Similarly, a business’s obligation to create a healthy and safe environment also affects how a particular business interacts with its customers, as they have a dual responsibility to protect both their employees and their patrons. In this light, Directive No. 30/2020 strictly prohibits the provision of services to those customers that are not maintaining a two meter distance or not wearing a mask. Moreover, businesses must ensure that sanitary materials are readily available for customers, that employees are wearing masks at all times, that anything used by customers are thoroughly disinfected, and that physical distancing guidelines are maintained by not sitting more than three customers at a single table and marking spots where customers could stand. In addition to these, it is worth noting that Directive No. 30/202 makes a clear distinction between service providers, as it mandates cinemas, galleries and theatres to ensure that their service rooms have adequate air ventilation and that their occupancy does not exceed one-fourth of their maximum occupancy capacity.
Apart from these, Directive No. 30/2020 has also established strict guidelines for those that wish to organize meetings and conferences in Ethiopia. According to Part 5 of the Directive, meetings of up to fifty people can be held without an additional permit so long as the hall is well ventilated, attendees are able to maintain a distance of two meters between each other and the meeting does not take up more than one-fourth of the hall’s holding capacity. Furthermore, meeting organizers must prohibit participants without a face mask from entering the hall, provide sufficient sanitary material for attendees and keep a register of the attendees’ names, phone numbers and addresses for fourteen days. However, meetings with more than fifty attendees require a special permit from the Ministry of Peace as well as other peace and security structures at the regional, zonal and woreda levels.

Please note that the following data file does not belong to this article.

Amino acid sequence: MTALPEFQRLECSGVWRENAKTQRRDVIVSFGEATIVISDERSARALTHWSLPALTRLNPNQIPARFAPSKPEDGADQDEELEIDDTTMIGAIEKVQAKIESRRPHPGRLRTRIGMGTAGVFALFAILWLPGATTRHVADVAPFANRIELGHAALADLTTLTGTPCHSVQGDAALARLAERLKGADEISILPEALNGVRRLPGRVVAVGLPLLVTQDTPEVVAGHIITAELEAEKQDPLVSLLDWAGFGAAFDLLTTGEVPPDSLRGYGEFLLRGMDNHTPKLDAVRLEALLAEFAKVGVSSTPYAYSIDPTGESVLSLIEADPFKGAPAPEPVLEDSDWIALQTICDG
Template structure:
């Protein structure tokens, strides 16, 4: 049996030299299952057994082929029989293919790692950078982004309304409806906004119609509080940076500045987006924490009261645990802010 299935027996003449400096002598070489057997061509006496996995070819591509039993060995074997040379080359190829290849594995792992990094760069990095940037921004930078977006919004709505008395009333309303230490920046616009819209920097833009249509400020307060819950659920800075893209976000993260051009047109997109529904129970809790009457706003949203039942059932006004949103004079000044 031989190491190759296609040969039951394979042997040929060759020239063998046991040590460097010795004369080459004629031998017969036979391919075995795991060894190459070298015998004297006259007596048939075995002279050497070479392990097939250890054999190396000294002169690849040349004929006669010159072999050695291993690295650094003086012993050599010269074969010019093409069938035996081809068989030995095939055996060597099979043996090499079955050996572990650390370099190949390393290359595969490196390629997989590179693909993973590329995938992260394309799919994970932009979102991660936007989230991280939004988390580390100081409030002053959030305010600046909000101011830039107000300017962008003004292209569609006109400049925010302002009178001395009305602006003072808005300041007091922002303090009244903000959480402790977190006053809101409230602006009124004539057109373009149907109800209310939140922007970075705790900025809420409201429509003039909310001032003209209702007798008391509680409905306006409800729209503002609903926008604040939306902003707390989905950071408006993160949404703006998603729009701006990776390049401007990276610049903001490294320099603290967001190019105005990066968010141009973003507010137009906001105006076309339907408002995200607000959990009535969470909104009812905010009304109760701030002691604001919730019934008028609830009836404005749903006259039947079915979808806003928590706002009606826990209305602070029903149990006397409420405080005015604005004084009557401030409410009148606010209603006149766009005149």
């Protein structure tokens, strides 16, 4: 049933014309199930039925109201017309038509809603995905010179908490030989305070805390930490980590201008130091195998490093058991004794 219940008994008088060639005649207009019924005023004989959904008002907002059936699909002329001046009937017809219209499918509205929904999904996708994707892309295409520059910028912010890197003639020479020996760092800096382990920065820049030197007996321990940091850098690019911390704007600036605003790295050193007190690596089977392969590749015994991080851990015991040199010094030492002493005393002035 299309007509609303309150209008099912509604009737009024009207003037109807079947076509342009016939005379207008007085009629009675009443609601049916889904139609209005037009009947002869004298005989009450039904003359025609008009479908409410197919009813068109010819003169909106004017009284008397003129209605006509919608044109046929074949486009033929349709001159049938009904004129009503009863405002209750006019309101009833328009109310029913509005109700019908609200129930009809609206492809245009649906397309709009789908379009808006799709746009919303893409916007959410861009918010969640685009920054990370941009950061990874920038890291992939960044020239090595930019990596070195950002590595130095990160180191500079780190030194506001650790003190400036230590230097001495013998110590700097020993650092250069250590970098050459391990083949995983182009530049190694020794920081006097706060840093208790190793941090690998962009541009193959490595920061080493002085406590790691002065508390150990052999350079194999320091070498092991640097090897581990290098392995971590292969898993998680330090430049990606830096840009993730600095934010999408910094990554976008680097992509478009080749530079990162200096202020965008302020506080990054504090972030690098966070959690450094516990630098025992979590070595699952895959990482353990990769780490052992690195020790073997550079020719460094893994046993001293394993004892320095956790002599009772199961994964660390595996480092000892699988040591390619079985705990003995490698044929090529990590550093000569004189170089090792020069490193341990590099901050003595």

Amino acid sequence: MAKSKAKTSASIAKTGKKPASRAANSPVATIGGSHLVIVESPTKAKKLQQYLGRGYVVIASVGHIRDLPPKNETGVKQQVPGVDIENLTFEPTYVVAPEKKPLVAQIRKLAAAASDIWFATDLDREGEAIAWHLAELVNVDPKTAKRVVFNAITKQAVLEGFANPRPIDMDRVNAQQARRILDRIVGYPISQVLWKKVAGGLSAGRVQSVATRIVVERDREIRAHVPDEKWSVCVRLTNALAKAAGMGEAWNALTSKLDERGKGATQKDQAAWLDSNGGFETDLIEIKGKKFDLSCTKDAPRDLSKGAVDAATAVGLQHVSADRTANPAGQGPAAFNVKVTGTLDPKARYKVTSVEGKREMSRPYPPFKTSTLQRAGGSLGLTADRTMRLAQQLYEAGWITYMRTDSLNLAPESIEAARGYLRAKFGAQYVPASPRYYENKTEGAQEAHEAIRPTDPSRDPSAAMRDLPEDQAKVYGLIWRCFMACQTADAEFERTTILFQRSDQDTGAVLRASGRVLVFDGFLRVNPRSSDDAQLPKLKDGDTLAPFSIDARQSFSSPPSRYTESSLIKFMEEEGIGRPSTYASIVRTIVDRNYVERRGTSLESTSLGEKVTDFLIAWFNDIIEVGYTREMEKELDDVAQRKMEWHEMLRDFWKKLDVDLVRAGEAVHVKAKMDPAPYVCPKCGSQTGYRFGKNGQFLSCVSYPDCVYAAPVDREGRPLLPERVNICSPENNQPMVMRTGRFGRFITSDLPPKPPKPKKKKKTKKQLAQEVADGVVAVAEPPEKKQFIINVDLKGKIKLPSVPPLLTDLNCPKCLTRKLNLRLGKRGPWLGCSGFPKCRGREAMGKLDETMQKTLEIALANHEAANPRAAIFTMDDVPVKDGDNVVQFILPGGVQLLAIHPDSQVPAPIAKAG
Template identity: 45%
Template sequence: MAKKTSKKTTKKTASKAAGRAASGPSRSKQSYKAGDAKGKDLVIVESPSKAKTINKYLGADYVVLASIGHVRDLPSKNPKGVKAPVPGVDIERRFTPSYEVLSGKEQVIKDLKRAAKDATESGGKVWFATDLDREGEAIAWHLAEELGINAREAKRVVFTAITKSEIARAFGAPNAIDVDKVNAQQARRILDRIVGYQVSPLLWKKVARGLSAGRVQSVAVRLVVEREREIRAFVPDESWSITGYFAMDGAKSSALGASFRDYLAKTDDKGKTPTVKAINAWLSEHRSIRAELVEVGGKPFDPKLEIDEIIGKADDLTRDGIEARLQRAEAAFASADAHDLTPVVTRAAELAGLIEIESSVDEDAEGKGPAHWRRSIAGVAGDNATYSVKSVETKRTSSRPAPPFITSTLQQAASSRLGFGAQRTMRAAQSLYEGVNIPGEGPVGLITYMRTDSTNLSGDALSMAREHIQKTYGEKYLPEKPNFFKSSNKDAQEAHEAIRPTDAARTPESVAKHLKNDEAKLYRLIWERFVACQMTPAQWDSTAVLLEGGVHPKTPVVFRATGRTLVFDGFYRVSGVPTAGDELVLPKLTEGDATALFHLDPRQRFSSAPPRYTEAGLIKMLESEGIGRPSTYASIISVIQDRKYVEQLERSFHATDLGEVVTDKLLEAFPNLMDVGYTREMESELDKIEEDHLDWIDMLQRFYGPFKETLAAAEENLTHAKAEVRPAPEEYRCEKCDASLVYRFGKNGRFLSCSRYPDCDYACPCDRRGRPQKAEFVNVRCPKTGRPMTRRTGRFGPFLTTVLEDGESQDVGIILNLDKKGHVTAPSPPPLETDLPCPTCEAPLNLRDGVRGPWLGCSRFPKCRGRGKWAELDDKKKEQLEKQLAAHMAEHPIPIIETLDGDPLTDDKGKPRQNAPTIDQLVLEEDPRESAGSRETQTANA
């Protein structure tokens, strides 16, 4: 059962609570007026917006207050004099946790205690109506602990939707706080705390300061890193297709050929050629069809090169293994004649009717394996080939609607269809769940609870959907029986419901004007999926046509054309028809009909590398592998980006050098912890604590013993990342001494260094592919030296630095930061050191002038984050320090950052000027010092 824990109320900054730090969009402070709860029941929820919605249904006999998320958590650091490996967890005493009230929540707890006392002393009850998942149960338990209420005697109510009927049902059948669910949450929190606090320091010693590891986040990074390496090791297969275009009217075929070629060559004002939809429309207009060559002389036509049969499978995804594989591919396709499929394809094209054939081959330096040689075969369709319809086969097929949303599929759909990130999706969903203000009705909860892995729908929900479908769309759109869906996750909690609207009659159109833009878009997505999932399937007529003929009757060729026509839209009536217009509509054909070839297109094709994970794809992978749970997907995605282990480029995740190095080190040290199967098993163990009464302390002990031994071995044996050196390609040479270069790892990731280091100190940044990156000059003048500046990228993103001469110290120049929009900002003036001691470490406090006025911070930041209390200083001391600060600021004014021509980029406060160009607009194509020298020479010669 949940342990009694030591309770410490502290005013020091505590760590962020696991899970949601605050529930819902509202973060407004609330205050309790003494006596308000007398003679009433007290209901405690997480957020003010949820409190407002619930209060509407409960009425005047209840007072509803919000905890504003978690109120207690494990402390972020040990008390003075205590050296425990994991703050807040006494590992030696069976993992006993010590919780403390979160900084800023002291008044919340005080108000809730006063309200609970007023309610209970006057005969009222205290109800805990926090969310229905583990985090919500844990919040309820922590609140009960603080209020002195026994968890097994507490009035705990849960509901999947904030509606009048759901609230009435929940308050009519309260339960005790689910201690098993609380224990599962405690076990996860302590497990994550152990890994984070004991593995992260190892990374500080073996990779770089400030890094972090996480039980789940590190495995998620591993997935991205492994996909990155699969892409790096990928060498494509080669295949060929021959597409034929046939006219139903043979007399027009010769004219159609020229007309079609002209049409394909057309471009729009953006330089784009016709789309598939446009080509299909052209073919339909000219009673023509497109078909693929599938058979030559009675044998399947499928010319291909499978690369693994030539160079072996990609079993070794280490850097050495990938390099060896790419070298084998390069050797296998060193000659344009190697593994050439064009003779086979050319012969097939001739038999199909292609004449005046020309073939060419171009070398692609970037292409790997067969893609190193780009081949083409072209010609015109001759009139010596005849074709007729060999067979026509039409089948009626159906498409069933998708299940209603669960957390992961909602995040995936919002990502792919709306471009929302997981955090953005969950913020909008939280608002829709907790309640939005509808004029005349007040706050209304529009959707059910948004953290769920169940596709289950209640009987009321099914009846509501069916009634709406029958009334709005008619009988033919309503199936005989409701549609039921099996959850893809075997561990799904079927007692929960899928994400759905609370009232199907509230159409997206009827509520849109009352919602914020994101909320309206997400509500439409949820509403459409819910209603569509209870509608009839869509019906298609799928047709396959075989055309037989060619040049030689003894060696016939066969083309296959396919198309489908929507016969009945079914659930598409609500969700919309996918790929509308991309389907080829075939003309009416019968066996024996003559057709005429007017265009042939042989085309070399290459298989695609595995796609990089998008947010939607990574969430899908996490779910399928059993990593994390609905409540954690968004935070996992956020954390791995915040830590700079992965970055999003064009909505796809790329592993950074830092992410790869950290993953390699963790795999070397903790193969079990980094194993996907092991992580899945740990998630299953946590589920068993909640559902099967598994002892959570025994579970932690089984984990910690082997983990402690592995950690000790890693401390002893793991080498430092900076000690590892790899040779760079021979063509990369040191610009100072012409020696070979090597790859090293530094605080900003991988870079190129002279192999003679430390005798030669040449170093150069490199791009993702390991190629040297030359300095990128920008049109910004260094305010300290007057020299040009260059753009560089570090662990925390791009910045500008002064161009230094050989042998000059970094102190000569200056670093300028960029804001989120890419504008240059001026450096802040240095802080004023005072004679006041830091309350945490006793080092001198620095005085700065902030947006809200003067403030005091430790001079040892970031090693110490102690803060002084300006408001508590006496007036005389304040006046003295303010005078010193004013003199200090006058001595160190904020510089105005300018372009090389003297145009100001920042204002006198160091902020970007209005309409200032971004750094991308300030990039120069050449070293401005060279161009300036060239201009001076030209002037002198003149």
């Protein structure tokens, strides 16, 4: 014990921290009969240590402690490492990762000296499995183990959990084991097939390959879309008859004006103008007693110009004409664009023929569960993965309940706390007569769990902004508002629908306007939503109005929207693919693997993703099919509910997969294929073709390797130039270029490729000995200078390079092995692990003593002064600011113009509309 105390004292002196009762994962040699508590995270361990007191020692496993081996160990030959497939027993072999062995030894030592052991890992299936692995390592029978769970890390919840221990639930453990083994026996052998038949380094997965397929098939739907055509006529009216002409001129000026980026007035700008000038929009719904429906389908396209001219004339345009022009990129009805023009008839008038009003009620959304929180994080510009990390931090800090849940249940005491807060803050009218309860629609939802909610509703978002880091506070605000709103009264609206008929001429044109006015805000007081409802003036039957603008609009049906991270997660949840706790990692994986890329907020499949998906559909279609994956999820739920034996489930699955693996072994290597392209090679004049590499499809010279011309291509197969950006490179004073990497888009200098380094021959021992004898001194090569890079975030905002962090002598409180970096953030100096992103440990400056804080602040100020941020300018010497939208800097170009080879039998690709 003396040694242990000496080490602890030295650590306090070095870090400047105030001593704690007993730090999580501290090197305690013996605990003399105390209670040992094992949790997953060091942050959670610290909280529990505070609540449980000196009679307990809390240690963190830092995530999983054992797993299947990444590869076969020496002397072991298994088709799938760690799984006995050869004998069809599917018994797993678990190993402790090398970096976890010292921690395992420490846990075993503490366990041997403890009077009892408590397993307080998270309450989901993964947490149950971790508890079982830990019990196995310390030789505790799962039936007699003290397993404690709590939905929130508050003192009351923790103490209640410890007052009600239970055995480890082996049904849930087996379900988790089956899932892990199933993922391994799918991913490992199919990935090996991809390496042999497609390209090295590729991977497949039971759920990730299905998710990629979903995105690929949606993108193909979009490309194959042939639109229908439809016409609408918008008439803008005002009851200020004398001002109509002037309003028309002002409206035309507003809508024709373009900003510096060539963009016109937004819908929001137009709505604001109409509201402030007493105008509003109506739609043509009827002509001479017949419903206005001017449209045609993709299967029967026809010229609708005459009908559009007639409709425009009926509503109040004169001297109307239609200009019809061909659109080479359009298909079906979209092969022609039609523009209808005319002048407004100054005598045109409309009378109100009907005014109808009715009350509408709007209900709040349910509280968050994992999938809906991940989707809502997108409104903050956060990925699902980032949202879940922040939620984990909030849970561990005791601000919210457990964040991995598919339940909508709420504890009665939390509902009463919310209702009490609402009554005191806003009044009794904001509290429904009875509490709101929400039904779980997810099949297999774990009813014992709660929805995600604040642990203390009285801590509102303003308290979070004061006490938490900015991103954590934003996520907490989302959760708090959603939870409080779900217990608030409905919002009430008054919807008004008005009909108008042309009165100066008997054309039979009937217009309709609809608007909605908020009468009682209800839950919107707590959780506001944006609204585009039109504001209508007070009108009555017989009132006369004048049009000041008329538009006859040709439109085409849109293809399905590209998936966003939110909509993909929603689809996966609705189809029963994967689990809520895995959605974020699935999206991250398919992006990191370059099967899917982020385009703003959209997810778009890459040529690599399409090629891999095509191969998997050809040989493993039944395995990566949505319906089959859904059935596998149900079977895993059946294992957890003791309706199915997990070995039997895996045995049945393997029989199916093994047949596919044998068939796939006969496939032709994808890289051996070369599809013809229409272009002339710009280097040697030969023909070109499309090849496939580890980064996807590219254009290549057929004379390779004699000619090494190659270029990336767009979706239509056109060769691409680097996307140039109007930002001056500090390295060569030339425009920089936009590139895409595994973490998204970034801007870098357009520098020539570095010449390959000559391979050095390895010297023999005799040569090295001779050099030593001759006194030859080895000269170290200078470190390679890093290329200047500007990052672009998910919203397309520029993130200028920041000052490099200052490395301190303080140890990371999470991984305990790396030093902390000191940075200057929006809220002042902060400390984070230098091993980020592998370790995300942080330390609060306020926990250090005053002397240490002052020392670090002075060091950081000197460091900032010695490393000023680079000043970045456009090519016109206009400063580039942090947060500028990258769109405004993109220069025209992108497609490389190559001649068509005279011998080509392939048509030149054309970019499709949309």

All in all, the directives found in Directive No. 30/2020 have significant implications for local businesses as well as those international travelers that wish to do business in Ethiopia. Given its new quarantine policy for international travelers, its policy for meeting venues as well as its clear workplace guidelines for employers, employees and customers, the EPHI’s new Directive provides a robust legal framework for businesses to operate whilst mitigating the spread of COVID-19.